Although I’m already decently familiar with the core paradigms of programming, I find that I often need help applying those concepts in the real world towards solving problems.  For the most part, I just need to write more code.  That’s the bottom line.  However, I often have a hard time thinking about what to do and what kind of problem to solve.  This course should help me with that as we work through real examples in a structured environment.

The class begins September 24 and it lasts seven weeks.  I’m very much looking forward to it.  Once I’m finished, I plan to add the certificate to my Linkedin profile and my resume.  Until next time.

Pragmatic Programmers: Programming Ruby Chapter 1

I just finished reading chapter 1 of Programming Ruby.  I didn’t really need the command prompt tutorial nor did I need the installation instructions.

However, the section on accessing the Ruby documentation from the command line using RDoc and ri was really helpful.  I never knew you could actually access the Ruby documentation locally from the command line.  One of the class examples used to demonstrate the RDoc and ri capability was the GC class.  The GC class provides an interface to Ruby’s garbage collector.  I never knew Ruby had this b/c garbage collection and managing the heap is usually reserved for lower-level, compiled languages.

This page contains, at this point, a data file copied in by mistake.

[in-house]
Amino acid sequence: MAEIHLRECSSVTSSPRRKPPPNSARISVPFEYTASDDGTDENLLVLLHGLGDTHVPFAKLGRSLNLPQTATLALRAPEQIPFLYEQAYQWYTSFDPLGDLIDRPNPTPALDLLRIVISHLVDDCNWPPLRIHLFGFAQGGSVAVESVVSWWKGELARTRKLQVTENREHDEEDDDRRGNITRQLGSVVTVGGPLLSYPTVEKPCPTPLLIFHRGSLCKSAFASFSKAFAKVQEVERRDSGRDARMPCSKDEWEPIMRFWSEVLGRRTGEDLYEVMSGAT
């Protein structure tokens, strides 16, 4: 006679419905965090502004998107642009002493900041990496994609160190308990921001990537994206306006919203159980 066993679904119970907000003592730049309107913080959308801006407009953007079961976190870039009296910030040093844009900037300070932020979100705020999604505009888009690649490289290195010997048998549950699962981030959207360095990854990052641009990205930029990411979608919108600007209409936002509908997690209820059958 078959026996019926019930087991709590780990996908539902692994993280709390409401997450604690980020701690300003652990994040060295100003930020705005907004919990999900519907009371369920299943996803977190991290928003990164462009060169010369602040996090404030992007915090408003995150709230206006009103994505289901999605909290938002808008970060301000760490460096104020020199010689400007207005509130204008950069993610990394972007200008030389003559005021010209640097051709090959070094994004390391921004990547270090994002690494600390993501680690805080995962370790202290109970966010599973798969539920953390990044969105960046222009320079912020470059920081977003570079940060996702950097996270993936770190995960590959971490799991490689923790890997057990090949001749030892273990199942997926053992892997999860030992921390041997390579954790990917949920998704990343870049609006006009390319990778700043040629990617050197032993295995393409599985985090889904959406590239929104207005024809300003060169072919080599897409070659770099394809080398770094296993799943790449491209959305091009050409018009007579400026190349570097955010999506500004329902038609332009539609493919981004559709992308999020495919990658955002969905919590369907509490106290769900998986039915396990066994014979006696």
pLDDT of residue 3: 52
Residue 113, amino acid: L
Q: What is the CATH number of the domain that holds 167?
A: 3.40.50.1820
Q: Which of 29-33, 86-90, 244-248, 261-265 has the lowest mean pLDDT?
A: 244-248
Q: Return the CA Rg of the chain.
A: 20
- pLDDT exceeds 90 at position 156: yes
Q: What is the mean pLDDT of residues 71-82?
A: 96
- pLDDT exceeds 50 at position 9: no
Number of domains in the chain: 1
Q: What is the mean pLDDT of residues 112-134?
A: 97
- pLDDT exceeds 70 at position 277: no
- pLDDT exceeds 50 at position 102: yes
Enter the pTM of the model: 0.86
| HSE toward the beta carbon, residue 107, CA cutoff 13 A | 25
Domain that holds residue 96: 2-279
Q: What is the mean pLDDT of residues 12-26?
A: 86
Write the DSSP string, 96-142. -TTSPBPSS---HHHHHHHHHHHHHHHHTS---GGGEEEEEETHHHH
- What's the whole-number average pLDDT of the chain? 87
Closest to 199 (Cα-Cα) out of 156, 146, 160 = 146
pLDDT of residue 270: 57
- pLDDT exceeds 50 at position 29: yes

I wish I had this book a year ago.  I’m already reading through chapter 2 and loving it!  I’ll post my thoughts from chapter 2 once I finish reading and working through all code examples.


Pragmatic Programmers: Programming Ruby

I ordered this yesterday and can’t wait for it to get here: Programming Ruby

I already own “The Well-Grounded Rubyist”.  Fantastic book.  You can find it here: The Well-Grounded Rubyist  I haven’t finished this one yet, but I’m working my way through it.  I’ll try to post some book reviews in the coming weeks as I progress through the material.  

My Journey Into Ruby

Well, here goes nothing.  I’ve been dabbling in Ruby programming for about two years now.  I’ve put in lot of time and effort into learning bits and pieces of Ruby and Ruby on Rails, but now it’s time to put some structure to all of this learning and really get serious about becoming a Ruby developer.  I want to be someone that can solve problems with Ruby rather than just someone that can focus on specific issues that have already been solved.

This is going to be a huge task.  But, I’m making my journey public so that I can get better and so that I can take structured steps to becoming a real Ruby developer rather than a “shade tree” Ruby developer.  Here’s to my journey!  May this inspire others to do the same.

Here is the link to my public Github site: